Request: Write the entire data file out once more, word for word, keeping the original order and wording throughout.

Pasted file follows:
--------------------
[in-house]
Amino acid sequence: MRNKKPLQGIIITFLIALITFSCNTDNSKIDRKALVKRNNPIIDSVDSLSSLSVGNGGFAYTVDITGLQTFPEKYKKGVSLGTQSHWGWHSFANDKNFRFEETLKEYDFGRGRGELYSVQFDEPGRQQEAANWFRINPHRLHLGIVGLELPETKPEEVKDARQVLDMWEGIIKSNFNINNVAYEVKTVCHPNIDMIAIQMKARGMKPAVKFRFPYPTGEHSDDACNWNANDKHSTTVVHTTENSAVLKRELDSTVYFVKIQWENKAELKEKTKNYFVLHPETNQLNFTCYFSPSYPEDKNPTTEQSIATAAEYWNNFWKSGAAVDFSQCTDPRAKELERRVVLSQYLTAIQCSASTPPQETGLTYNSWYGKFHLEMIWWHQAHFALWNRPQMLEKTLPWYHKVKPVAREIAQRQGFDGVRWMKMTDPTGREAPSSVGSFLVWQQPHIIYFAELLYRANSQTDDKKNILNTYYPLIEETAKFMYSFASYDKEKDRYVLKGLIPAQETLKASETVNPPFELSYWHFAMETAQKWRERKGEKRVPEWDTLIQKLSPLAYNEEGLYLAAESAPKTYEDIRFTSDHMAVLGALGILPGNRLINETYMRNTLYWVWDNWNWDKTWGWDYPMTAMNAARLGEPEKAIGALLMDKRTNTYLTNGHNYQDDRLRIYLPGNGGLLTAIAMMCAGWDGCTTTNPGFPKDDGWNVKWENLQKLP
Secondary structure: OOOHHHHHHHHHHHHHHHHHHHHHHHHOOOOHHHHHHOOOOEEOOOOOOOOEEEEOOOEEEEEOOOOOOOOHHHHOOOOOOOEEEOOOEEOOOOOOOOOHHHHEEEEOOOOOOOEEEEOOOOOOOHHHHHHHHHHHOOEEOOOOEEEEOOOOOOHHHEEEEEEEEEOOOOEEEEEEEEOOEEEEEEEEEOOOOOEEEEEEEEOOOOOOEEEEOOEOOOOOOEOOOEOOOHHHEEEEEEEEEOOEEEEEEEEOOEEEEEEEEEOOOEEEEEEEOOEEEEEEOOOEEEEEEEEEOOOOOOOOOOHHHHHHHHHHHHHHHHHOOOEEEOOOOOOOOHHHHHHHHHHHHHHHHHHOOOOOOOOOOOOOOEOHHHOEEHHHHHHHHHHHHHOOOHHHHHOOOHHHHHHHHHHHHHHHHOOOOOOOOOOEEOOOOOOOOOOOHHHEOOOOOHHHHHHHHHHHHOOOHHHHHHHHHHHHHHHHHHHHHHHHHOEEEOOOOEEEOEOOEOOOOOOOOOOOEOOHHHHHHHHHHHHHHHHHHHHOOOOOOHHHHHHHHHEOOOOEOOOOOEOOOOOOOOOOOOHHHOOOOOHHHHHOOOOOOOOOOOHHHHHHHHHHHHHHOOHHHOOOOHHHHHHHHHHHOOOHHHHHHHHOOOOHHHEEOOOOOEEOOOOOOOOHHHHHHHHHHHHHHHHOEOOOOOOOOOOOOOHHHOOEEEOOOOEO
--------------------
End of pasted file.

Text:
[in-house]
Amino acid sequence: MRNKKPLQGIIITFLIALITFSCNTDNSKIDRKALVKRNNPIIDSVDSLSSLSVGNGGFAYTVDITGLQTFPEKYKKGVSLGTQSHWGWHSFANDKNFRFEETLKEYDFGRGRGELYSVQFDEPGRQQEAANWFRINPHRLHLGIVGLELPETKPEEVKDARQVLDMWEGIIKSNFNINNVAYEVKTVCHPNIDMIAIQMKARGMKPAVKFRFPYPTGEHSDDACNWNANDKHSTTVVHTTENSAVLKRELDSTVYFVKIQWENKAELKEKTKNYFVLHPETNQLNFTCYFSPSYPEDKNPTTEQSIATAAEYWNNFWKSGAAVDFSQCTDPRAKELERRVVLSQYLTAIQCSASTPPQETGLTYNSWYGKFHLEMIWWHQAHFALWNRPQMLEKTLPWYHKVKPVAREIAQRQGFDGVRWMKMTDPTGREAPSSVGSFLVWQQPHIIYFAELLYRANSQTDDKKNILNTYYPLIEETAKFMYSFASYDKEKDRYVLKGLIPAQETLKASETVNPPFELSYWHFAMETAQKWRERKGEKRVPEWDTLIQKLSPLAYNEEGLYLAAESAPKTYEDIRFTSDHMAVLGALGILPGNRLINETYMRNTLYWVWDNWNWDKTWGWDYPMTAMNAARLGEPEKAIGALLMDKRTNTYLTNGHNYQDDRLRIYLPGNGGLLTAIAMMCAGWDGCTTTNPGFPKDDGWNVKWENLQKLP
Secondary structure: OOOHHHHHHHHHHHHHHHHHHHHHHHHOOOOHHHHHHOOOOEEOOOOOOOOEEEEOOOEEEEEOOOOOOOOHHHHOOOOOOOEEEOOOEEOOOOOOOOOHHHHEEEEOOOOOOOEEEEOOOOOOOHHHHHHHHHHHOOEEOOOOEEEEOOOOOOHHHEEEEEEEEEOOOOEEEEEEEEOOEEEEEEEEEOOOOOEEEEEEEEOOOOOOEEEEOOEOOOOOOEOOOEOOOHHHEEEEEEEEEOOEEEEEEEEOOEEEEEEEEEOOOEEEEEEEOOEEEEEEOOOEEEEEEEEEOOOOOOOOOOHHHHHHHHHHHHHHHHHOOOEEEOOOOOOOOHHHHHHHHHHHHHHHHHHOOOOOOOOOOOOOOEOHHHOEEHHHHHHHHHHHHHOOOHHHHHOOOHHHHHHHHHHHHHHHHOOOOOOOOOOEEOOOOOOOOOOOHHHEOOOOOHHHHHHHHHHHHOOOHHHHHHHHHHHHHHHHHHHHHHHHHOEEEOOOOEEEOEOOEOOOOOOOOOOOEOOHHHHHHHHHHHHHHHHHHHHOOOOOOHHHHHHHHHEOOOOEOOOOOEOOOOOOOOOOOOHHHOOOOOHHHHHOOOOOOOOOOOHHHHHHHHHHHHHHOOHHHOOOOHHHHHHHHHHHOOOHHHHHHHHOOOOHHHEEOOOOOEEOOOOOOOOHHHHHHHHHHHHHHHHOEOOOOOOOOOOOOOHHHOOEEEOOOOEO